I wonder, at times, exactly what goes on in the minds of curebies, especially when they make a song and dance. In case any of you missed it, curebies decided that April was “autism awareness month”, and have done so for a few years now to my knowledge. Autism civil rights activists have tried to reclaim April, dubbing it “autism acceptance month”. Good for them. Continue Reading
As I threatened, I am going to write a few things based on my thoughts after reading Outrage, the Vincent Bugliosi dissection of the O.J. Simpson trial. Continue Reading
During one of the lectures I attended in creative arts, I told the other students in the room a little detail from my personal experience. That the more personal to oneself a story is, the easier it becomes to write. I have also shared tidbits such as that I decide the theme of what I write before I begin writing. But this opens up a tunnel of thought that I think is worth exploring. Continue Reading
I will tell you something that should be bloody obvious to anyone who follows me closely enough. I spend a lot of time reading Internet documents. Being old enough to remember when the idea of a unified collection of public computer networks was fantasy to all but a few, I thrive on going as far and wide as I can with this source of information.
Sometimes, when reading what people I am linked with on Fudgebook post links to, I wonder “where do they get these people?”. Sometimes, I applaud every written word. Sometimes, I even feel compelled or at least motivated to write responses. Such a case of the last of those responses exists in Reverend Evan Dolive‘s open letter to the Victoria’s Secret company. Continue Reading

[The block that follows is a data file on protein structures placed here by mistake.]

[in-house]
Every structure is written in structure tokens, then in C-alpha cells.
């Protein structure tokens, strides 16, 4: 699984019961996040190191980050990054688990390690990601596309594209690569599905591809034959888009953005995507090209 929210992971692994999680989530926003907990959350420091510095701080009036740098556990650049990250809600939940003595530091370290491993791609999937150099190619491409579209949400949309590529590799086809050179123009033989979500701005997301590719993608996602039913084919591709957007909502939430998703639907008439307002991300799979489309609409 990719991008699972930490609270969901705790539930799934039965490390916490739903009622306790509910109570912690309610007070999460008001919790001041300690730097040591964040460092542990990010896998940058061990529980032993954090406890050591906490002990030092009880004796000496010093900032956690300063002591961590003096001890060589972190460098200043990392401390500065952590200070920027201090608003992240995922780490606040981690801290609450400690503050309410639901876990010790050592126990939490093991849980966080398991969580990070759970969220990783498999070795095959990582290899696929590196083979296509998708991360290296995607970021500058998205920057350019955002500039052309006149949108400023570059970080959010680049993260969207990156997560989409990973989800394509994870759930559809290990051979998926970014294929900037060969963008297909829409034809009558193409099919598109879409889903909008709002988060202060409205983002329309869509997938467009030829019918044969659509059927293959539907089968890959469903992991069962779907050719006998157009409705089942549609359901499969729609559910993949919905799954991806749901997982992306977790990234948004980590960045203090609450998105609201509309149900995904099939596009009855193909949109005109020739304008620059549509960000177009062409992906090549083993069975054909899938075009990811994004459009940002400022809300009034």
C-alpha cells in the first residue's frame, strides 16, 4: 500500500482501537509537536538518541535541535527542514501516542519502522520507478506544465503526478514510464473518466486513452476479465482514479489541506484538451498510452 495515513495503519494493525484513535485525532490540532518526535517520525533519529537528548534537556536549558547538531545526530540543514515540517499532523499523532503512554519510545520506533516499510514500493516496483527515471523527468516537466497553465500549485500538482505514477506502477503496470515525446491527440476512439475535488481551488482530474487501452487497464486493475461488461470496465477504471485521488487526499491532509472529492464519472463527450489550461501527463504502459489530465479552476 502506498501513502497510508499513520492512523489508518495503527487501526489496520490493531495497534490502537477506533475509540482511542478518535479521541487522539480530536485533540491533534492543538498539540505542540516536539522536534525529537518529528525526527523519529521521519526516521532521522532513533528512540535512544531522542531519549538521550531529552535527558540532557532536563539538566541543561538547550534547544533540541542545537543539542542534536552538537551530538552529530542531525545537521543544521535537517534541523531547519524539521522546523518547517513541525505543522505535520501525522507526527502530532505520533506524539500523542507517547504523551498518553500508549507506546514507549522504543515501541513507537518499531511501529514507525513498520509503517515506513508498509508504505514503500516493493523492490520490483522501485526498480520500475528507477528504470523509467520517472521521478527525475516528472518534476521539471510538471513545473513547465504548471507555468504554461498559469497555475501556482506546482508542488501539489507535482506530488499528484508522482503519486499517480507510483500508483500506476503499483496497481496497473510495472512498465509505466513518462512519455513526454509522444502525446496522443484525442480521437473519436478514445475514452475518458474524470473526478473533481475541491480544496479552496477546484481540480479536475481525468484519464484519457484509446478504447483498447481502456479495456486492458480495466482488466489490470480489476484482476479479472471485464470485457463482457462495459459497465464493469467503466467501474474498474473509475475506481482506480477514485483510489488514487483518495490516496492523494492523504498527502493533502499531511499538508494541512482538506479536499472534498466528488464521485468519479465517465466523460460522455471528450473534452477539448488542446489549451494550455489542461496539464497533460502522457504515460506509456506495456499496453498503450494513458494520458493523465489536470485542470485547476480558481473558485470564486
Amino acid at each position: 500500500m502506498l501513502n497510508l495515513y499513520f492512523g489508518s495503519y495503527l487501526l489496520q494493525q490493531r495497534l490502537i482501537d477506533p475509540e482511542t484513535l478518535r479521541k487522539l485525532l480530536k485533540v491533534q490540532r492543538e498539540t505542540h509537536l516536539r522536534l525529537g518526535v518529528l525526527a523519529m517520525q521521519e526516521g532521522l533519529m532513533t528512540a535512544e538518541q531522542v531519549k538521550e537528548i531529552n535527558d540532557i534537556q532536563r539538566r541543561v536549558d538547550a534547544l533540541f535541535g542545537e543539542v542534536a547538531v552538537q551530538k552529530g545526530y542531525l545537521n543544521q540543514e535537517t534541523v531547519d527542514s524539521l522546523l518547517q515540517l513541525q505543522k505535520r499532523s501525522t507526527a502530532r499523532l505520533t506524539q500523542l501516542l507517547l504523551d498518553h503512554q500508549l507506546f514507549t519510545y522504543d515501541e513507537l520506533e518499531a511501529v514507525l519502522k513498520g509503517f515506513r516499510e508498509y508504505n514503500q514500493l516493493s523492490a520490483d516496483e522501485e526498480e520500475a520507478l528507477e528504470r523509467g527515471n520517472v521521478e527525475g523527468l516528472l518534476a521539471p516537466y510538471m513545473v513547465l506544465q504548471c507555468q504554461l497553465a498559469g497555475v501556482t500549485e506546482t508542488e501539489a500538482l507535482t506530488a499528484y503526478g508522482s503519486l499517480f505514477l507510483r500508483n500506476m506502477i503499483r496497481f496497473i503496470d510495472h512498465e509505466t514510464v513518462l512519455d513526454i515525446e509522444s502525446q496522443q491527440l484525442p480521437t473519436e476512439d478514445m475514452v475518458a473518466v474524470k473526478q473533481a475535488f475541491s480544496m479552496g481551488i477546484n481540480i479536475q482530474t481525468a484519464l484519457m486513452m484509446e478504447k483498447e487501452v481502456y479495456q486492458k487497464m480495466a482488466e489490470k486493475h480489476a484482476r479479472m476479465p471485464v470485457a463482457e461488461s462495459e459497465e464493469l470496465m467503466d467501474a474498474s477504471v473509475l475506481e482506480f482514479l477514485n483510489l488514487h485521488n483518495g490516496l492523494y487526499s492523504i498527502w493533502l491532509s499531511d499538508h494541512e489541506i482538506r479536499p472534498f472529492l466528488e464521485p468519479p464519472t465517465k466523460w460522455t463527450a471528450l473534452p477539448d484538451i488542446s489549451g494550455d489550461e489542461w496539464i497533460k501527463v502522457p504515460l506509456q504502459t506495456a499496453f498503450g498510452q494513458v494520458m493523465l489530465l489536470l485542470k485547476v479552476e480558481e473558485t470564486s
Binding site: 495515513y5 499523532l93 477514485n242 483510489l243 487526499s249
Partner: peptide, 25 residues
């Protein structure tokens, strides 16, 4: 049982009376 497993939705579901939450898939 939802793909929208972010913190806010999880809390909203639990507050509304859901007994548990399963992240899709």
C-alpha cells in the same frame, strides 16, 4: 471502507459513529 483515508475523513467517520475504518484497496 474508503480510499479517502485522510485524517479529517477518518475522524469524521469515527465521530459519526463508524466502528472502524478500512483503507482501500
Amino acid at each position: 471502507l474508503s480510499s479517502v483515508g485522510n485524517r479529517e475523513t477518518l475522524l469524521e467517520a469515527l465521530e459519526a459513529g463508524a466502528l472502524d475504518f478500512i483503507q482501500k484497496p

Every so often, when the behaviour of curebies or normalists gets so obnoxiously bigoted that just reading about it makes my neurochemistry do backflips, I start asking people one question. Why are you not fighting back in some manner? As the example of the Black Panthers who frightened the NRA into supporting a firearm restriction law in 1967 proves to me, even threatening to go around armed makes the norms react with deep, irrational fear. Continue Reading
(An important note: This article was written before the school shootings and the autism strawmanning the curebies used it for took place. At the time this was written, I hated passives enough that I would throw them in a bonfire with the normies. As a result of those events, I am unsure whether I hate passives less than normies or curebies now. Go figure.)
I will admit right now, I am well aware that my superiority-based view of how the battle for our civil rights should be enforced can be rather alienating, even where others of my kind are concerned. But after the so-called 2012 Congressional hearings on autism, I have a question that not only would I like to ask what I not-so-nicely call passives, but one that I feel they should be asking themselves.
Can you blame me? Continue Reading
In the constant back and forth about the use of so-called “person first” language (that is, “person with autism” or the like), a dangerous gambit or concession emerges. The “person first” camp, with all of their smugness and self-entitled ignorance of the implications, like to tell us that it is up to what the individual prefers. This seems perfectly reasonable at first, in spite of how some of them attempt to use this as a platform from which to bully us into adopting it. But just like “person with blackness” or “person with Hebrew” or “person with Chineseness”, to cite just a few potential examples, are unacceptable and not a matter of preference, neither is “person with autism”. I do not care what you have to say for yourselves, “person first”ers. I could be the only autistic individual in the world who feels this way about your separationistic language. That would only mean I am right, and everyone else is wrong. Continue Reading